Balikpapan Travel Information
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Geography || History || Economy || Transportation || How to Get in || What to Do || Map of Balikpapan


balikpapan viewbalikpapan pier

Balikpapan is a major headquarters for international oil companies operating out of eastern Kalimantan. Surprisingly, it's a relatively clean, small city, with clear blue skies, not much nightlife, and not too much traffic. The people there are a mix, with lots of Javanese due to transmigration, lots of people from Sulawesi, and of course, the locals. The people are quiet and polite, and the pace is slow and relaxed. But be warned: Balikpapan suffers from frequent blackouts, averaging two or three times a week for four to eight hours each time. Unless you like sweltering in tropical heat in utter darkness, make sure your accommodation has a generator.

The topography of the municipality of Balikpapan is generally hilly (85%), with only small areas of flatland (15%), particularly along the coast and surrounding the hilly areas. The hills are less than 100 meters higher than the adjacent valleys. The altitude of Balikpapan ranges from 0 to 80 meters above sea level. Most of the soil in Balikpapan contains yellow-reddish podsolic soil and alluvial and quartz sand, making it extremely prone to erosion.

During the Suharto administration, Indonesia faced unprecedented growth of economic expansion by promoting foreign investments, particularly in the exploitation of natural and mineral resources. Although the policy was heavily criticized for uncontrolled environmental damages and corrupted bureaucrats and politicians, it significantly boosted urban development in resource-rich cities. In 1970s, Balikpapan experienced 7% population growth annually when exports of timber and petroleum increased dramatically.

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Prior to the oil boom, Balikpapan was an isolated Bugis fishing village. The etymology of Balikpapan's name (lit. balik is behind and papan is a plank) came from a folk story where a local king threw his newborn daughter into the sea to protect her against his enemies. The baby was tied beneath some planks, which were discovered by a fisherman.

indigenousIn 1897, the first drilling of oil began by a small refinery company. Construction of roads, wharves, warehouses, offices, barracks and bungalows started when a Dutch oil company arrived in the area. On January 24, 1942, Balikpapan became a war theatre between Japanese army and the Allied Forces in which the oil refinery and other facilities were heavily damaged. Several campaigns followed until the 1945 Battle of Balikpapan which concluded the Allied Forces' Borneo campaign after which they took control of the Borneo island.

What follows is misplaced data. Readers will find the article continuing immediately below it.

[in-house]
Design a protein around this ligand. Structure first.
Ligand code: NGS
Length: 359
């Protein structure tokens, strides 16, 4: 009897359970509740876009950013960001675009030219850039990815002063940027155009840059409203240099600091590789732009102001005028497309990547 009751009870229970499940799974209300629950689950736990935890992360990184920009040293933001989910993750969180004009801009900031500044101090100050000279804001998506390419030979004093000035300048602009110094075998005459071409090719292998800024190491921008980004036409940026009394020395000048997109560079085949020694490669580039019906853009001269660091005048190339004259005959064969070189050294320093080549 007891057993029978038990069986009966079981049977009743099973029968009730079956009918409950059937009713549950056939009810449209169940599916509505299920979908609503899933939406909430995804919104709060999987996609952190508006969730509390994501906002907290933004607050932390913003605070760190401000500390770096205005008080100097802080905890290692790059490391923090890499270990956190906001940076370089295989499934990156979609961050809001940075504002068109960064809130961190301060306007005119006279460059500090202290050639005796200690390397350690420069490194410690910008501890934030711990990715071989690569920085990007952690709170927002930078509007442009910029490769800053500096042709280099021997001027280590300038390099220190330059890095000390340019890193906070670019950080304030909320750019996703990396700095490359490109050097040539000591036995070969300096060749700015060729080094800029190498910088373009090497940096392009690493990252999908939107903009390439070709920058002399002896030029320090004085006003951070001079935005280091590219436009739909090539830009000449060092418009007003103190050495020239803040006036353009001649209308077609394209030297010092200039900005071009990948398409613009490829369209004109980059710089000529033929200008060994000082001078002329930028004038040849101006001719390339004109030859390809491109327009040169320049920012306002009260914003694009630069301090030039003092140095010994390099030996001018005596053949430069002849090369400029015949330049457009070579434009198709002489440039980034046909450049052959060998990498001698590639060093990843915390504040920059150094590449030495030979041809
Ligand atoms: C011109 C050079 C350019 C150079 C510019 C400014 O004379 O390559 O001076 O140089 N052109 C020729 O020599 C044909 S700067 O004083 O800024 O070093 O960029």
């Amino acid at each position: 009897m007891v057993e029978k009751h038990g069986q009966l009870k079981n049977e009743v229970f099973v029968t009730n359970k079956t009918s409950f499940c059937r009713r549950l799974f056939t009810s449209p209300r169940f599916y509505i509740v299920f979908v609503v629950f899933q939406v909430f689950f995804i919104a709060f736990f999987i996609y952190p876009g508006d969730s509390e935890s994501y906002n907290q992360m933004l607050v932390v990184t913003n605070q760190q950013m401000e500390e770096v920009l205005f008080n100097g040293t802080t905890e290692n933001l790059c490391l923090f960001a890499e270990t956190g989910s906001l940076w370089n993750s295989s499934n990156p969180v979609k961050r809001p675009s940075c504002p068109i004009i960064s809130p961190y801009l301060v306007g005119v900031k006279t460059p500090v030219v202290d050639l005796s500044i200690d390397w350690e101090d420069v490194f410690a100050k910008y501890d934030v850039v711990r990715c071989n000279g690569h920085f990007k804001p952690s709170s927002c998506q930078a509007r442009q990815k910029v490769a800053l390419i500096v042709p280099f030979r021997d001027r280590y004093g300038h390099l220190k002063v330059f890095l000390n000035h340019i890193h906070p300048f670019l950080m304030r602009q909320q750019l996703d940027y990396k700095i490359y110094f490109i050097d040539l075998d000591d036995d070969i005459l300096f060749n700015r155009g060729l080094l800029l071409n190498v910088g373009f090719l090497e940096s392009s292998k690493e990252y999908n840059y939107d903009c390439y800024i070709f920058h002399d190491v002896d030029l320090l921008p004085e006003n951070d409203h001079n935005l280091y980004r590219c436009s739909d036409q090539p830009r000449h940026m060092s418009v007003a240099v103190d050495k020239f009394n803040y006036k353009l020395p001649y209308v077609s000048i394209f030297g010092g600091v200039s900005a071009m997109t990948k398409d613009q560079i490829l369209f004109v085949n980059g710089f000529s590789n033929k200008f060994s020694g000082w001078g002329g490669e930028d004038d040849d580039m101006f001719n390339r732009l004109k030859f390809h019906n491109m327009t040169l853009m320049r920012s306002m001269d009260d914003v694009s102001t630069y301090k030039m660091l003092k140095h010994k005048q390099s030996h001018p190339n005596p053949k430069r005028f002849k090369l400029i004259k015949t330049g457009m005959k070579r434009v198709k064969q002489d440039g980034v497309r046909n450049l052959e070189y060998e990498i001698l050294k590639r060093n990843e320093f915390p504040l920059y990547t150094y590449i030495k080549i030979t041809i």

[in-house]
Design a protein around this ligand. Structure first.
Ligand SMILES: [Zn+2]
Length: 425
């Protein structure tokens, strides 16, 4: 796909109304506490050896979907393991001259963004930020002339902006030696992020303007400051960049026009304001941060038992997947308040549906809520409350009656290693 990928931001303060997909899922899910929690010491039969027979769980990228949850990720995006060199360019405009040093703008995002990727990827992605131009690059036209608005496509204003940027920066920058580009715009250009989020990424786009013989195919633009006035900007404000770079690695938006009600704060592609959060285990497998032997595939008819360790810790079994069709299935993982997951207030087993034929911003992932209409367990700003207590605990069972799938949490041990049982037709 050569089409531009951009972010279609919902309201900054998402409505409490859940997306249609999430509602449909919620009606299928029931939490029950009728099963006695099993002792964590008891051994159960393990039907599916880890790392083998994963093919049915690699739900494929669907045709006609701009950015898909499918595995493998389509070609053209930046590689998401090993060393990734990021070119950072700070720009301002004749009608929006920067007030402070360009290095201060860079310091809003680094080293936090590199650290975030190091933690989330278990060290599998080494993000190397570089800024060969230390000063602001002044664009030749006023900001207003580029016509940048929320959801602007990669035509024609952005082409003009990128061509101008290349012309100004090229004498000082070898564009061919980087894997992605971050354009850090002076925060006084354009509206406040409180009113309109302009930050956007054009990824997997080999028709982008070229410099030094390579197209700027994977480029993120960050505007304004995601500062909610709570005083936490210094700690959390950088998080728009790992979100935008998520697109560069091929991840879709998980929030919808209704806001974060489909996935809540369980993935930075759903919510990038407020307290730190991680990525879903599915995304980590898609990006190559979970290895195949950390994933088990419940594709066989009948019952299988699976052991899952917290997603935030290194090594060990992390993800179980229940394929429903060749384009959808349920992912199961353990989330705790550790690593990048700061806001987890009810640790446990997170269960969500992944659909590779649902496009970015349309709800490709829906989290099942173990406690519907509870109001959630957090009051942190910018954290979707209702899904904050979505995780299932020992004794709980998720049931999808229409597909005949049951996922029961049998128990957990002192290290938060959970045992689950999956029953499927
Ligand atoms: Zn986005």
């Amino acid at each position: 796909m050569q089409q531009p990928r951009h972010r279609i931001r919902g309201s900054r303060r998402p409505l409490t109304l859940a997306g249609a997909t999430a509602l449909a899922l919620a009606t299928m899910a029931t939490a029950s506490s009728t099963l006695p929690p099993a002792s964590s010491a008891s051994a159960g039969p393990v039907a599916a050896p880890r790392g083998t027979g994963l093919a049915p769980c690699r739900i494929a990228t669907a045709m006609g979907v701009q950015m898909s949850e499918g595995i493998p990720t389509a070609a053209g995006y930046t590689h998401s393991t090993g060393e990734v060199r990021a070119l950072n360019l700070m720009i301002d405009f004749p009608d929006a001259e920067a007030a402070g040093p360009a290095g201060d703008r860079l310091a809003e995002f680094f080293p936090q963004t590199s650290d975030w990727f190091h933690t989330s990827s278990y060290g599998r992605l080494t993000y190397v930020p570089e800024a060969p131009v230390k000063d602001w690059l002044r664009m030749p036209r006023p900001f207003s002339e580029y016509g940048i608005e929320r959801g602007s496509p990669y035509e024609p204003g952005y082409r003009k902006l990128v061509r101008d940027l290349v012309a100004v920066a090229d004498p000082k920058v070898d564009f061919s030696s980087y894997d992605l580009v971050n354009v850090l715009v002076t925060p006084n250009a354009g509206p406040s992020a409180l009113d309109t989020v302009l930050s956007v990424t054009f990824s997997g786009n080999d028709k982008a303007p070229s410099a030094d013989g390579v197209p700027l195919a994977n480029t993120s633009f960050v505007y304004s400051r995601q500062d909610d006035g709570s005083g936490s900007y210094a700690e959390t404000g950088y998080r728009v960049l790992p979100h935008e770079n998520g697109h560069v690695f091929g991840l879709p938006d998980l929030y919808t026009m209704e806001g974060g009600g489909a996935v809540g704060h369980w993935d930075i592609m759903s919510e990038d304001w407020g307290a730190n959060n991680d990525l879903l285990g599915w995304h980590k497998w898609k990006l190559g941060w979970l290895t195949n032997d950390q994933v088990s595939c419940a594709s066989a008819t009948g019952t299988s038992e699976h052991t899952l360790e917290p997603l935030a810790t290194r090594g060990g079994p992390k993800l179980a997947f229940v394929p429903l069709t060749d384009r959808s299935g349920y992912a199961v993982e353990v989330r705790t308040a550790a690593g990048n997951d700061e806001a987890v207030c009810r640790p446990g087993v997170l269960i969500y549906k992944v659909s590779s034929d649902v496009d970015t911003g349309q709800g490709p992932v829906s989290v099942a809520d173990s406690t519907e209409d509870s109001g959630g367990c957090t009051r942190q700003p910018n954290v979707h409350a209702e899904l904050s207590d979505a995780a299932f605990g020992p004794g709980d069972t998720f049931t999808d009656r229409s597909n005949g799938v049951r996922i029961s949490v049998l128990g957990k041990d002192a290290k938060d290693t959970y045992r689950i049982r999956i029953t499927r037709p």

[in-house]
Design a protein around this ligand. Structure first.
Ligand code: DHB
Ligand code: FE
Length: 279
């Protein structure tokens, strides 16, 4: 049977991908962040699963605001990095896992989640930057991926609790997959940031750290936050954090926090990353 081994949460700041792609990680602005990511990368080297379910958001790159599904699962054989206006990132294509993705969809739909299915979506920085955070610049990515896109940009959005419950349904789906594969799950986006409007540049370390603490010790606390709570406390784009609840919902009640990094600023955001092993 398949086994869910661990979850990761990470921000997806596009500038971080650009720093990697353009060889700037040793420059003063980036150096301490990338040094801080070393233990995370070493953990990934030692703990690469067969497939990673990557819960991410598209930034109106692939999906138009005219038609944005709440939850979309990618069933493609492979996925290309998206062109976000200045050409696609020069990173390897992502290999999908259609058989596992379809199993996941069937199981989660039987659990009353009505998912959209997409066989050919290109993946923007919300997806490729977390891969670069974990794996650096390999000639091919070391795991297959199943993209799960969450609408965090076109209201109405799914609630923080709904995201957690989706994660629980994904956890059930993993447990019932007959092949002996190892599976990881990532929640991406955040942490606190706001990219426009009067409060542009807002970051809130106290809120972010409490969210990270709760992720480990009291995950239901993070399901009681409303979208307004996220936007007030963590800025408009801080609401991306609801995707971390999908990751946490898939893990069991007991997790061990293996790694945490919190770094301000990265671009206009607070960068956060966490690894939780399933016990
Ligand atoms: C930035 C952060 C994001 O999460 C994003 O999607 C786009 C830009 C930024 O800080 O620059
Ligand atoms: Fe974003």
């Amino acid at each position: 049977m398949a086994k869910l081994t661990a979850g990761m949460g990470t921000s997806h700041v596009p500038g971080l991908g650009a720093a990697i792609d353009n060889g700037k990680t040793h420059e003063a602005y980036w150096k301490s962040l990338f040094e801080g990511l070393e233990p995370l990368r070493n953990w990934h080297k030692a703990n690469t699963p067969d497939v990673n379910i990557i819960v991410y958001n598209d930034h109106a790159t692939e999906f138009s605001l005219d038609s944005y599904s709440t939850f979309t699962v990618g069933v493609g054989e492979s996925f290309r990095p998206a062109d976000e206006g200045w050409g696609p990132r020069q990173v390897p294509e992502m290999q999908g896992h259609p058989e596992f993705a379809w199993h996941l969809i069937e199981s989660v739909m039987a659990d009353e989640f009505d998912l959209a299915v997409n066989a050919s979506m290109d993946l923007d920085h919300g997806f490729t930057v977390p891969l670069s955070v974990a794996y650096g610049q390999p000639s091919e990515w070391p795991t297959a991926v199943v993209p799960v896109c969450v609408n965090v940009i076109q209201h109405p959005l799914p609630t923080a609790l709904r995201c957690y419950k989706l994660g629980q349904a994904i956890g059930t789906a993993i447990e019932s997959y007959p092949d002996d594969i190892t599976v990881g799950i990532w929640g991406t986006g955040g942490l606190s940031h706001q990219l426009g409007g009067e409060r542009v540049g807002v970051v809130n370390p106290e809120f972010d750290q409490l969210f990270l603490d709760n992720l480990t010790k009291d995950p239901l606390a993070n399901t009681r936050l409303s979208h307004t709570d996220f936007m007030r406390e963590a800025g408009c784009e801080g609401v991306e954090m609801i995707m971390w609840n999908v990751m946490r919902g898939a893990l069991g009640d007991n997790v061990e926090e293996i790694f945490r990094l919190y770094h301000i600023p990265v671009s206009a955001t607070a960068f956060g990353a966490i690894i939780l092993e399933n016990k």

Extensive wartime damage curtailed almost all oil production in the area until major repairs were performed by the Royal Dutch Shell company. Shell continued operating in the area until Indonesian state-owned Pertamina took it over in 1965. Having a lack of technology, skilled manpower and capital to explore the petroleum region, Pertamina sublet petroleum concession contracts to multinational companies in the 1970s.

Being the only oil refinery site in the region, Balikpapan emerged as a revitalized center of petroleum production. Pertamina opened its regional headquarter in the city, followed by branch offices established by international oil companies. Hundreds of labourers from other part of Indonesia, along with skilled expatriates who served as managers and engineers, flocked into the city.

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Some multinational corporations have commercial activities in this city such as Pertamina (Indonesia), Total S.A. (France), Chevron (US), Schlumberger, and Halliburton (US). Government public services also attract many people to work in this area, with presence of Bank Indonesia, Finance Department, Port of Semayang, and several others.